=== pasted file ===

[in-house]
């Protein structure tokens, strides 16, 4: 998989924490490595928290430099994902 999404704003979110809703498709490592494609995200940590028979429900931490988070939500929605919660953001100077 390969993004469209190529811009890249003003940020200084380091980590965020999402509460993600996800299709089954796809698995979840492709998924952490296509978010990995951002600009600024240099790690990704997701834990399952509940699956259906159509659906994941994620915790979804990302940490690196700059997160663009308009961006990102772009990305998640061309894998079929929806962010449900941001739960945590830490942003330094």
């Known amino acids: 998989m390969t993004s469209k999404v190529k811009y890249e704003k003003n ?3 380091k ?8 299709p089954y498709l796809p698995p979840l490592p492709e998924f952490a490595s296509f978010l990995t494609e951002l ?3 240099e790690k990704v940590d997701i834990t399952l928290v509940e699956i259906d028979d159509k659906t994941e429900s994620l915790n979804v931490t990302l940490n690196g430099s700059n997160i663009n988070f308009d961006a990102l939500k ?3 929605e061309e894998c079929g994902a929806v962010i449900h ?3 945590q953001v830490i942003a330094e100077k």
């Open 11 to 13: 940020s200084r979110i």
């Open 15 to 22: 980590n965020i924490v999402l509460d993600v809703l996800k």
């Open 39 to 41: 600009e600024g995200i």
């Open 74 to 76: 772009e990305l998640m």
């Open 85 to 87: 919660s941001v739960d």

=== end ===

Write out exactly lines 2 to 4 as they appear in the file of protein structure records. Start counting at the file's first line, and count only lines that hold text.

């Protein structure tokens, strides 16, 4: 998989924490490595928290430099994902 999404704003979110809703498709490592494609995200940590028979429900931490988070939500929605919660953001100077 390969993004469209190529811009890249003003940020200084380091980590965020999402509460993600996800299709089954796809698995979840492709998924952490296509978010990995951002600009600024240099790690990704997701834990399952509940699956259906159509659906994941994620915790979804990302940490690196700059997160663009308009961006990102772009990305998640061309894998079929929806962010449900941001739960945590830490942003330094």
């Known amino acids: 998989m390969t993004s469209k999404v190529k811009y890249e704003k003003n ?3 380091k ?8 299709p089954y498709l796809p698995p979840l490592p492709e998924f952490a490595s296509f978010l990995t494609e951002l ?3 240099e790690k990704v940590d997701i834990t399952l928290v509940e699956i259906d028979d159509k659906t994941e429900s994620l915790n979804v931490t990302l940490n690196g430099s700059n997160i663009n988070f308009d961006a990102l939500k ?3 929605e061309e894998c079929g994902a929806v962010i449900h ?3 945590q953001v830490i942003a330094e100077k």
């Open 11 to 13: 940020s200084r979110i």